9. I would go with what I felt most comfortable with. I switched to a 5er about 11 years ago, and now I'm wanting somewhat to get a 4 to play with. Mostly for slapping and DT practice, as I have a harder time on my 5er with these two techniques. Alot of pros still use 4s too. Victor Wooten is the first guy that comes to mind, and it just blows my mind what he can do on a 4.

    All in all I don't think it would hurt you either way really. Seeing as you already have a 4 you could switch between the two as needed. If I had a 4 right now, I would prob only be using it in my own practice time, not when jamming with the band. And if you find yourself not using that lower B string, you can always try it out with a high C. I just made that switch on my 5er and I love it. I do tend to play alot of chords though, which may not be your thing. Super cool for extending your tapping range too....

    Dave
     
  10. QORC

    QORC

    Aug 22, 2003
    East Coast
    i'm in love with my two 5 strings that I've only been playing since January. So much so it's hard to imagine playing my Rickenbacker 4003 at gigs as much as I used to. Now the fretboard feels too small in my hands.

    I like having the extra string. It makes it easier to play further down the fretboard. Allows me the extra low notes present in some songs we do.

    Yeah, I like it. Gonna be hard to go back to a 4-string now.
     
  11. spuds

    spuds

    Mar 10, 2005
    Hey, thanks so much for all your help - Greatly appreciated. Yeah, i guess I'd be better off with a 5 string. Yes I do admit that as a guitarist, I feel a bit naked and powerless with so little strings. Haha.
     
  12. Hofbrauhaus

    Hofbrauhaus

    Feb 10, 2002
    Upton, MA
    I love how he took the advice about him feeling naked over all the others! power to me! :hyper:
     
  13. +2!

    I once said that I was a die-hard 4 stringer, but I ate those words after I had my first 5 string for about a year. The 5 felt a little awkward for about 3 months, now when I play my 4s I feel resrticted.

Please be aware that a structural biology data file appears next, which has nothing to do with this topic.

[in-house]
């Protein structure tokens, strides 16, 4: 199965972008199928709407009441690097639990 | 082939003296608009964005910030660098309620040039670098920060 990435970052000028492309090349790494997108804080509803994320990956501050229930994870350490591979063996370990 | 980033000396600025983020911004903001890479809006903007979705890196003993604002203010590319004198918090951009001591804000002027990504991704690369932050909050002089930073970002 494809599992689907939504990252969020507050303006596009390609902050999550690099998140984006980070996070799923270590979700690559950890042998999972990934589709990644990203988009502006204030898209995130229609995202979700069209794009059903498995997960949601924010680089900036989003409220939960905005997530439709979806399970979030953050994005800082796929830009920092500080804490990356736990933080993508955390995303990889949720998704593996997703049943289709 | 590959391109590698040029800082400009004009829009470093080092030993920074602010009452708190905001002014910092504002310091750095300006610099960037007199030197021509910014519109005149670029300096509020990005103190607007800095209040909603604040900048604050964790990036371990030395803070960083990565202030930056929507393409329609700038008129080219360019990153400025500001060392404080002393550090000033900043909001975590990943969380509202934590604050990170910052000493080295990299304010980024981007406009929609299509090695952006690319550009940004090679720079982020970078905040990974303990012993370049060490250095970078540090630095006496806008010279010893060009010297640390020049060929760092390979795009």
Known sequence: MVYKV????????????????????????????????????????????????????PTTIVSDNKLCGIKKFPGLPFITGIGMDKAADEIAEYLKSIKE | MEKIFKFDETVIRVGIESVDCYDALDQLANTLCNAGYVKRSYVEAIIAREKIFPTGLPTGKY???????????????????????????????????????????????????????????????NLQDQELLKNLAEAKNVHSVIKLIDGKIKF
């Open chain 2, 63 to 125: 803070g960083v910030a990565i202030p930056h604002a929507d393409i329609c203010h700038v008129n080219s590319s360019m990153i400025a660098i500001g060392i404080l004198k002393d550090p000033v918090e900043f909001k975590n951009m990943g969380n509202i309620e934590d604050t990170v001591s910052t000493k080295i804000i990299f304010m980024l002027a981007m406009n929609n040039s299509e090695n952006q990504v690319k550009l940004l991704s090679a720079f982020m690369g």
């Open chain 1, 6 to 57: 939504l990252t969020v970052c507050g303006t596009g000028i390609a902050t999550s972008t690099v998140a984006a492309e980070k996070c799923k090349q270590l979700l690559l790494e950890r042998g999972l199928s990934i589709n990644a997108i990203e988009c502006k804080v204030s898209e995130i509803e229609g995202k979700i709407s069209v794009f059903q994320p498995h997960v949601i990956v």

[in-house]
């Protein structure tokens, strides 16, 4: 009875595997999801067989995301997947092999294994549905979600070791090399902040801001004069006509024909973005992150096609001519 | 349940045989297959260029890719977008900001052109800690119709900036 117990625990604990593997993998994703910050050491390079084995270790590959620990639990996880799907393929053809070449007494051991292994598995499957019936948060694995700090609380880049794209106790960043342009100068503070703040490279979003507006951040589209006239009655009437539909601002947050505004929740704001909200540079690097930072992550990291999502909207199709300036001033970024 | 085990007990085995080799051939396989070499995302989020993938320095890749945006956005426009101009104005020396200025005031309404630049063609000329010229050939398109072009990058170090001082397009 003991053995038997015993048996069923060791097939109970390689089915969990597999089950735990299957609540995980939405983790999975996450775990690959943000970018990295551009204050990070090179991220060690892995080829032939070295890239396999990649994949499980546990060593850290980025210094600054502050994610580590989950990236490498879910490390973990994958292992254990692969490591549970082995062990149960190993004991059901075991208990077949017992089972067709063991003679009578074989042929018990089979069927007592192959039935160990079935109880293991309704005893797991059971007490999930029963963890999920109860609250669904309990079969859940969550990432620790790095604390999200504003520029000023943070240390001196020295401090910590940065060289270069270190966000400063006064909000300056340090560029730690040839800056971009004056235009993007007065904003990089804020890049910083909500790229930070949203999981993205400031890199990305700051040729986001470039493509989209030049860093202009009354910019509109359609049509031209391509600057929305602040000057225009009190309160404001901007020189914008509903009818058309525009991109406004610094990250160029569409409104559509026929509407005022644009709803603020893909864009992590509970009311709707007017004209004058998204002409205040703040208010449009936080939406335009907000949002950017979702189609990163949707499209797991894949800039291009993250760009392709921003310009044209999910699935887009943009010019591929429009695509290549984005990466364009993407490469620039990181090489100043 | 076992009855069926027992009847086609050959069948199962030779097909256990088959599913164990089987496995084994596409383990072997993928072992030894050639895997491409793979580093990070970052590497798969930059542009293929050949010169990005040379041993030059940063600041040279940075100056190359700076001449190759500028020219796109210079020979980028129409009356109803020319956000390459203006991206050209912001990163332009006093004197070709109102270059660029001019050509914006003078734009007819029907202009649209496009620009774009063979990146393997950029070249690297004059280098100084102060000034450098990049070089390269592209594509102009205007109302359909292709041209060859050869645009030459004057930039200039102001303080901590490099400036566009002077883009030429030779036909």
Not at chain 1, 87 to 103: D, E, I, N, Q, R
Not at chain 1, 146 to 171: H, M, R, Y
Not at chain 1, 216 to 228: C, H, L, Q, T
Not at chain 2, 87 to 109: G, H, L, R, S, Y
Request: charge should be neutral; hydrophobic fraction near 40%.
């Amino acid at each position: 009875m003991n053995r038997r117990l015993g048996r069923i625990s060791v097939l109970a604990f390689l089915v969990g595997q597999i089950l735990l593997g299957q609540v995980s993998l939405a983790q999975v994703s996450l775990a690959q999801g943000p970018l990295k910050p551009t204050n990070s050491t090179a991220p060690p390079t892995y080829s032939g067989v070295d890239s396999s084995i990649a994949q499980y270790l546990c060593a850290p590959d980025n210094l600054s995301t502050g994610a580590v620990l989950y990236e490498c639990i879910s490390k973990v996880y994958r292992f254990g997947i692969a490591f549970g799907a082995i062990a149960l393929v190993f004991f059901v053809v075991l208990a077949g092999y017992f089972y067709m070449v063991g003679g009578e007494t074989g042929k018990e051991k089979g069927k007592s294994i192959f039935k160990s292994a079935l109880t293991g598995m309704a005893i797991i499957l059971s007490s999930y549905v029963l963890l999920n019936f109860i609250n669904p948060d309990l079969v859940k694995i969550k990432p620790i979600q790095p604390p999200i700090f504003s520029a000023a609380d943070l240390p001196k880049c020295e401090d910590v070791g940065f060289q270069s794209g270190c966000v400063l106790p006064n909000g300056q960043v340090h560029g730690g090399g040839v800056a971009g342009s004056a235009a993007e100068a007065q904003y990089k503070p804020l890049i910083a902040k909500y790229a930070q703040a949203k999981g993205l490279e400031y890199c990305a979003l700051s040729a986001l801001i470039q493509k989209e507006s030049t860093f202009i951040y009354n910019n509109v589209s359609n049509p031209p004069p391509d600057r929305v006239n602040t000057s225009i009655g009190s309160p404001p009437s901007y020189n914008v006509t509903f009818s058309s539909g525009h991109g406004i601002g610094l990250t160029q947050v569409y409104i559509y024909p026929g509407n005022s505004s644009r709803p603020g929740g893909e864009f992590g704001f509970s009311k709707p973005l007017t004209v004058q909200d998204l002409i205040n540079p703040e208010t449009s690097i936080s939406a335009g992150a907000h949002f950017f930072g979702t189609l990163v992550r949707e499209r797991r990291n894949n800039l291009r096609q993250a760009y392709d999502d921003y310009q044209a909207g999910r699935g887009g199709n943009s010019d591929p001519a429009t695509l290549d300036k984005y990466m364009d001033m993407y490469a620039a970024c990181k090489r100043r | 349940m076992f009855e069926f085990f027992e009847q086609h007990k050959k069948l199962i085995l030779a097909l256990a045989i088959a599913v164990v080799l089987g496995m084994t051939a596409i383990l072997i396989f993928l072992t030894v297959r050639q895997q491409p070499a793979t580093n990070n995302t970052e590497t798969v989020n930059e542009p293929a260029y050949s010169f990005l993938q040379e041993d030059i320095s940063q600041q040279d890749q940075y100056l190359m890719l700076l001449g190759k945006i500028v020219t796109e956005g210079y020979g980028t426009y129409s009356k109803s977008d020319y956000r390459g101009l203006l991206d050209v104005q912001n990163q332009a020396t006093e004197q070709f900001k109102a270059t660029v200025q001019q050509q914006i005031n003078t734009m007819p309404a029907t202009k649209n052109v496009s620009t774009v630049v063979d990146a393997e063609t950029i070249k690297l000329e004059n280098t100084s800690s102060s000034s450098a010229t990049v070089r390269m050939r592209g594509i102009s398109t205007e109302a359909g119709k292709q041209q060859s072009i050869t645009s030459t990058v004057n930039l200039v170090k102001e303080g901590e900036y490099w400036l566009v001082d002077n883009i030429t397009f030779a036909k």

There's nothing wrong with 4s, but why wouldn't you want the extra range?

    Let's say you're playing a Blues pattern in G - with the 4 you have to go up to D, with a 5er you can choose to either go up to D, or down to D. :cool: When not over-used like spices in cooking, a 5 can add some real impact when you carefully choose where to play an Eb or lower note.

    I don't slap, so the slightly narrower string spacing on some 5s doesn't bother me at all.

    I can see myself going to a 6 or 7 in the future. Extended range is where it's at, IMHO.

    I would strongly suggest getting a 5 string.

    Good luck.

    Mike ;)
     
  14. Great post, Mike!

    Until 2000, I was also a die-hard 4-stringer.
     
  15. Selta

    Selta

    Feb 6, 2002
    Pacific Northwet
    Total fanboi of: Fractal Audio, AudiKinesis Cabs, Dingwall basses
    I would say you should get the 7er. I just recently got one, and I have a blast on it. I, like you, used to be all gung ho, four stringers only. Then I bought a 5er. Then I made it fretless. I put it down for a bit, and played my four cos I didn't need the low notes. Now I can't live without them. And they're useful in ANY setting really. ERB is where it's at.

    Ray
     
  16. bazzanderson

    bazzanderson

    Oct 7, 2002
    Austin, TX
    Same here...same year. But since then that's all I've played (5 strings). When I pick up a 4 string it just feels a little weird and takes about 15 minutes of playing to get back in the groove. I pick up a friends 4 stringer every once in a while just to remind myself that a 5 is where it's at (IMO).